Form validations in Ruby On Rails Application.


In this article, we will learn how to manage server-side and client-side form validations according to our requirements and how we manage this at the application level.

Recently I have worked on form-validation systems in a couple of modern Rails apps, and I learned a few things along the way I would like to share.

Example and source code

I prepared a demo project here. It’s a Rails 5.2 application with a scaffold generated for managing users. A user has 2 attributes: name and email. The validations are:

  • Both name and email are required: to exercise client-side validations.

  • The email has to be unique, to exercise server-side validations.

Server-side validations with Rails

I love Rails validations. They are a powerful mechanism to capture your domain model validation rules, which are essential components of any app. For our example, we can capture the model constraints with something like this:

class User < ApplicationRecord
  validates :name, :email, presence: true
  validates :email, uniqueness: true

A common Rails pattern for dealing with form errors is re-rendering the form with the invalid model carrying the errors to inform about them:

class UsersController < ApplicationController
  def create
    @user =
      redirect_to @user, notice: 'User was successfully created.'
      render :new

  def update
    if @user.update(user_params)
      redirect_to @user, notice: 'User was successfully updated.'
      render :edit

If you are going to use this approach there is a problem with it how we can show errors next to fields.

For dealing with the problem, you can customize ActionView::Base.field_error_proc which is a block of code that Rails uses to render fields with errors. By default, it will wrap them in a div.field_with_errors tag. You can configure it to render the same structure as client-side validations. In our example:

  1. Invalid fields are marked with a .invalid class

  2. Information about the error is shown in a p.error element next to the invalid field.

# Place this code in a initializer. 
# E.g: config/initializers/form_errors.rb
ActionView::Base.field_error_proc = do |html_tag, instance_tag|
  fragment = Nokogiri::HTML.fragment(html_tag)
  field ='input,select,textarea')

  html = if field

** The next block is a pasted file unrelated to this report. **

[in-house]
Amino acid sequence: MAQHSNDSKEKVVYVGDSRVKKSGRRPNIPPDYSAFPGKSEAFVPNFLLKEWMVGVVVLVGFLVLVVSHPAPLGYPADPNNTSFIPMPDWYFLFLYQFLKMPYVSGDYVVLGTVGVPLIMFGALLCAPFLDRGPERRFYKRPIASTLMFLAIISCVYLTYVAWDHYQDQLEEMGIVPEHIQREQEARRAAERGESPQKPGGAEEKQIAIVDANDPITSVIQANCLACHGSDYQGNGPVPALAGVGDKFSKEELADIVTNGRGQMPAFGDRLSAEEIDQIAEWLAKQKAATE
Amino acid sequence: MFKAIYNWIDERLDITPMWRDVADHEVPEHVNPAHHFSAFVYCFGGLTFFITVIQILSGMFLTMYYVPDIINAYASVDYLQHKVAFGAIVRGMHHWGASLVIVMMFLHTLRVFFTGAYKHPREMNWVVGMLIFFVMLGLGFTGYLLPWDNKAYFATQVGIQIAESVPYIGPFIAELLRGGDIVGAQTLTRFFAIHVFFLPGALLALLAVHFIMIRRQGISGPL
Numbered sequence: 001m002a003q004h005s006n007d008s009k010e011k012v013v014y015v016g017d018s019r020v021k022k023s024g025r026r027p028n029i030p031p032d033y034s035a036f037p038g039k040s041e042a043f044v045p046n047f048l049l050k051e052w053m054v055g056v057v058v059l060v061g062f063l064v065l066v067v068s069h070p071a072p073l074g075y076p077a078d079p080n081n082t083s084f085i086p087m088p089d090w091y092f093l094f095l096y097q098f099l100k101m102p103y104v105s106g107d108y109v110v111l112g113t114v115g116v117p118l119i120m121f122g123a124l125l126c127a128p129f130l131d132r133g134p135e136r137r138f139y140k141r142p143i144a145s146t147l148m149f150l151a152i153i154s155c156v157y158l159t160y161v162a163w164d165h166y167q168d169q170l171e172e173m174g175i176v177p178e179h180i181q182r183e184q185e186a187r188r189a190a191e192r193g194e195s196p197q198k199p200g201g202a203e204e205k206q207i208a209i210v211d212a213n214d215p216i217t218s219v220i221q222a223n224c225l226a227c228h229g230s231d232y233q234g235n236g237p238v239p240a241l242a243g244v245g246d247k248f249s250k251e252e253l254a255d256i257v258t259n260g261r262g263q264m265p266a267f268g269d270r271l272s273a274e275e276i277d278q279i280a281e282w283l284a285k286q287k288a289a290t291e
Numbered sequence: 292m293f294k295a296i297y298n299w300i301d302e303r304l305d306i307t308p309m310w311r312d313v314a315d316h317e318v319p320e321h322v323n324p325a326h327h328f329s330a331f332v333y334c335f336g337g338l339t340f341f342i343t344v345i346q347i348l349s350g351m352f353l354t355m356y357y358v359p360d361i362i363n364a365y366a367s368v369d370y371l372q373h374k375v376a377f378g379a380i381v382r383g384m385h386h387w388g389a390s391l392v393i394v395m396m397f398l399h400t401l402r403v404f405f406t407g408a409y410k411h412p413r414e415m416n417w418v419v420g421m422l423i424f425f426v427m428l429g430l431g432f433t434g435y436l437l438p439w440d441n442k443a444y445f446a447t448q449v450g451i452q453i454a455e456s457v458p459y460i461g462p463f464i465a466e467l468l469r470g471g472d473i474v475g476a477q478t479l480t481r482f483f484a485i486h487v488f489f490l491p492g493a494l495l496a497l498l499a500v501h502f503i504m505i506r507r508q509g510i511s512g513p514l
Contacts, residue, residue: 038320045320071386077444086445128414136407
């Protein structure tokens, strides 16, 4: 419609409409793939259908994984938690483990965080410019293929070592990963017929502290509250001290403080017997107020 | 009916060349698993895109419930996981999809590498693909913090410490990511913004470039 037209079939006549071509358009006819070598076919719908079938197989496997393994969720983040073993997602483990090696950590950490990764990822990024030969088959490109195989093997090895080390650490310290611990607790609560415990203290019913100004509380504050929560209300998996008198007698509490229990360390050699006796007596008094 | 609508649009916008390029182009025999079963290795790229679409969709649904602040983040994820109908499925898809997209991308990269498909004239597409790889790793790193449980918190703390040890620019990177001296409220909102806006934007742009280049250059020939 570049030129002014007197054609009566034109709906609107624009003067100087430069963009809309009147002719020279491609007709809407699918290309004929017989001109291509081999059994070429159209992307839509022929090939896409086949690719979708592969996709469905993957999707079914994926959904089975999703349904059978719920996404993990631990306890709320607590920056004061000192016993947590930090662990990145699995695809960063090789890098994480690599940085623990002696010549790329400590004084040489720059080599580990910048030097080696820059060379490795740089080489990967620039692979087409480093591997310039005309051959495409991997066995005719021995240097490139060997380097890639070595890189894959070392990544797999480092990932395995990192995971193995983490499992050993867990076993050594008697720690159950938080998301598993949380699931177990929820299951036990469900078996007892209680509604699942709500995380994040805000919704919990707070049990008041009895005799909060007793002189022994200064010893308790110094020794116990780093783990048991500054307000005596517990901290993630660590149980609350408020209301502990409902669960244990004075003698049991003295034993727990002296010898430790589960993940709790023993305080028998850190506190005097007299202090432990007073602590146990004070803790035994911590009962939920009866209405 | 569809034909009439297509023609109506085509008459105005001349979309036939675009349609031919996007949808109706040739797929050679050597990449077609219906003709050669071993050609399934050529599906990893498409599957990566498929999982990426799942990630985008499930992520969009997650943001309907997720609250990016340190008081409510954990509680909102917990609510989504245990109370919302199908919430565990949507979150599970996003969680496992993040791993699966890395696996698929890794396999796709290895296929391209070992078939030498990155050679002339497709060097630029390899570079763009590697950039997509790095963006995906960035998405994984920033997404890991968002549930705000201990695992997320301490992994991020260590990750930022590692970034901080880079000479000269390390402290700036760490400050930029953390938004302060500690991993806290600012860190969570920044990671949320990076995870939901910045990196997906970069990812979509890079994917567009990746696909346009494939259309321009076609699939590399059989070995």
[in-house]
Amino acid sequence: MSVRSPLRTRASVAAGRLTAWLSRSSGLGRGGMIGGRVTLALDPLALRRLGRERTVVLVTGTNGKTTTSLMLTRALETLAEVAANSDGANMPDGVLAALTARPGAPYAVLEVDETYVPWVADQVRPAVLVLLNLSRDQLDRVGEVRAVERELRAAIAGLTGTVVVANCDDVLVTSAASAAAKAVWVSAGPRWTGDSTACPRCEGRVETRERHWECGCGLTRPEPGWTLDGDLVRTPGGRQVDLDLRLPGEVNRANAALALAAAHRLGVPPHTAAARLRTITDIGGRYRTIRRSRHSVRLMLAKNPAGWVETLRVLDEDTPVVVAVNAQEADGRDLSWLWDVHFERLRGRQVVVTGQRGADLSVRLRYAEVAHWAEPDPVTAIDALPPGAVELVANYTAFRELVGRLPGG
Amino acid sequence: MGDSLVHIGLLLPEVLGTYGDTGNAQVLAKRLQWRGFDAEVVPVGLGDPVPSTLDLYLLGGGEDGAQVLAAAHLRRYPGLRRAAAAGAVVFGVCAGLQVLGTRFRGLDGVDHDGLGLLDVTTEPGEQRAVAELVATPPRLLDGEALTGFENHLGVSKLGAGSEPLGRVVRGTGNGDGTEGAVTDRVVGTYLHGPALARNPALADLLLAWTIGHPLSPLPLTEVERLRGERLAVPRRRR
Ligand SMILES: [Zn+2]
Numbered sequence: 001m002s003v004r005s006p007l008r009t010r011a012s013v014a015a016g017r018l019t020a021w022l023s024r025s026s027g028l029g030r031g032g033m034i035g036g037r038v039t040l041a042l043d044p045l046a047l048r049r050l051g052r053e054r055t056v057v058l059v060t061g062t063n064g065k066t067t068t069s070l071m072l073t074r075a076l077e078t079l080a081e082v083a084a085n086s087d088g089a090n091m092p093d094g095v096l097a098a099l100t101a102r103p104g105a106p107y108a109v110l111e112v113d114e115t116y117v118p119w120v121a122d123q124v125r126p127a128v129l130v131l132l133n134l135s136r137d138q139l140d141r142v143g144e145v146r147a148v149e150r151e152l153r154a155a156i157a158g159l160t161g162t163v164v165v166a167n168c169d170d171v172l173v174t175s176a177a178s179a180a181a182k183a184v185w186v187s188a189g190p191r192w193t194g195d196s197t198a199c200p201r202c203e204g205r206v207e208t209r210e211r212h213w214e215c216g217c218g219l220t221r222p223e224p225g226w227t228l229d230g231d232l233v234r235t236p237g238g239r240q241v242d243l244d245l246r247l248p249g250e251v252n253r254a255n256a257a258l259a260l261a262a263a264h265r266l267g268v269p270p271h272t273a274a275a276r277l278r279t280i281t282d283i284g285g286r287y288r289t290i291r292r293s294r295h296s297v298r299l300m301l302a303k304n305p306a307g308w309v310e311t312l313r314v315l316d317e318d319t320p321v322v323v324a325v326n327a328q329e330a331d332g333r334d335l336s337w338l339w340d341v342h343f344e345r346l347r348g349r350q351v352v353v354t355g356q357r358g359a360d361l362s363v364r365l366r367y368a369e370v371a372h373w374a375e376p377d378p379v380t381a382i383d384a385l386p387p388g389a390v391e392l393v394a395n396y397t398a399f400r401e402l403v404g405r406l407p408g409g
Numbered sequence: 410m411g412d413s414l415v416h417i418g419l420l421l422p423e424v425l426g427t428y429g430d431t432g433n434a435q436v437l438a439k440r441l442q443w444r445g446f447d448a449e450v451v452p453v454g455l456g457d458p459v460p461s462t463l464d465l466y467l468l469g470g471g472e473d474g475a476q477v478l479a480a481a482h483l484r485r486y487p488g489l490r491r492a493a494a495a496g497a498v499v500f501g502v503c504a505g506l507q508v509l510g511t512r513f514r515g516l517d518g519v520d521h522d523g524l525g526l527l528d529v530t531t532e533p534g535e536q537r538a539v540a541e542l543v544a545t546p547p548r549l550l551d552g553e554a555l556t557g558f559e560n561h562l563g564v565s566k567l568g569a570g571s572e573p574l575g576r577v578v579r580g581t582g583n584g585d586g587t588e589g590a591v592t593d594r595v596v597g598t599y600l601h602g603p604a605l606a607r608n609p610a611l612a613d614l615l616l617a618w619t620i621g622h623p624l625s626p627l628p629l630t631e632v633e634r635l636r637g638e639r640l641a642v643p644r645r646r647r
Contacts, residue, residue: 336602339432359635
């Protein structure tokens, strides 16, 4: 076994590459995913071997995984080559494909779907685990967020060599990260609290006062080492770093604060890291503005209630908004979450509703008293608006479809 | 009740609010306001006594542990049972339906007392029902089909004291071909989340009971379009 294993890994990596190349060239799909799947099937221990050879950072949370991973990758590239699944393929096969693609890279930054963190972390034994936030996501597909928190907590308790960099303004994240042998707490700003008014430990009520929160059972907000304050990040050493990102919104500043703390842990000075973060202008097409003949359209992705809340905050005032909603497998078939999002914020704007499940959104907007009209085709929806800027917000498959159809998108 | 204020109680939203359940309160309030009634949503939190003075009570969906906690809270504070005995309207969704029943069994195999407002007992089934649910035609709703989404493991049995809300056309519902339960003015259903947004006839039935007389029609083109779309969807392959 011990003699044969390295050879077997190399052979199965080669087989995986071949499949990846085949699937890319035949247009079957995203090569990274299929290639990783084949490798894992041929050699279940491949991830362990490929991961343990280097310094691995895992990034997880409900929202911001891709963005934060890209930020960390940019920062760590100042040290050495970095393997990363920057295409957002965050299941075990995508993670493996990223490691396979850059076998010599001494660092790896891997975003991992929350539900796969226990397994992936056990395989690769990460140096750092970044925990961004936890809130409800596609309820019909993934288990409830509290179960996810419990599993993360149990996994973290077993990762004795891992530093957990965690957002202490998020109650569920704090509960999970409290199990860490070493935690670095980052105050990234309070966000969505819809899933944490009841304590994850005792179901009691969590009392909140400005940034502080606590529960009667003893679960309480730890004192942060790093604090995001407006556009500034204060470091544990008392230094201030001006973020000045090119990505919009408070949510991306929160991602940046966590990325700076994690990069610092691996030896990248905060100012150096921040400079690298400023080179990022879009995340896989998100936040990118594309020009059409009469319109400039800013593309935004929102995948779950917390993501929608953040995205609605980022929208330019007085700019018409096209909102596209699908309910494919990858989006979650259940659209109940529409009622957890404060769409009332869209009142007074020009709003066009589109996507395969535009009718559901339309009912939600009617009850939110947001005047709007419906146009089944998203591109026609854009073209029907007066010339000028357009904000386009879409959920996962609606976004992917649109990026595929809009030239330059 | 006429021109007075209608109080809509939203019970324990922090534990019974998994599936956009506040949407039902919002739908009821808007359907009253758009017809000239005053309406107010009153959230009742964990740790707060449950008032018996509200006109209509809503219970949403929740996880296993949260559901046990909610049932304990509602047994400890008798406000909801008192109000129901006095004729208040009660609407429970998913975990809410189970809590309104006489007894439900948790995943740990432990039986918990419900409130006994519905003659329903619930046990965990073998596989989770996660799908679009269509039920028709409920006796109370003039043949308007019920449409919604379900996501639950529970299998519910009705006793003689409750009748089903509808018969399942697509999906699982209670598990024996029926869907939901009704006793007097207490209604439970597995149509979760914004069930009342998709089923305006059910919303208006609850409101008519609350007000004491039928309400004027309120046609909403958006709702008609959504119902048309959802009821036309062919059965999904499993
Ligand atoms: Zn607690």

field['class'] = "#{field['class']} invalid"
           html = <<-HTML


HTML html else html_tag end html.html_safe end

CSS — You can customize it according to your requirements.

# app/assets/stylesheets/application.css

.field p{
  margin-top: 0;

  color: red;

  border: 1px solid red;

The new form validations look like this:

Image description

we will have a form that validates duplicated emails consistently with our system.

Image description

What I love about this approach is that you don’t need to do any extra work to show model errors in your forms. Just add model validations.

Client side validations with HTML 5

Form validations are captured in the HTML markup. You can read a nice reference here. For our purposes, we will modify the generated scaffold form to use them:

<%= form.text_field :name, required: true %>
<%= form.email_field :email, required: true %>

With this in place, the browser won’t allow submitting invalid data, and it will show an error message based on the kind of validation.

Image description

This works but you probably won’t love how it looks, and you can’t style it at all.

I like server-side validation because it is not dependent on the client machine or browser or OS.


The discussed approach works great because, with a little bit of infrastructure in place, it lets you express your form validations very succinctly while being robust and comprehensive:

  • Use HTML5 form validations when they cover the validation you need

  • Use model validations in your server. This is something you want to do nevertheless.

If this guide has been helpful to you and your team please share it with others!

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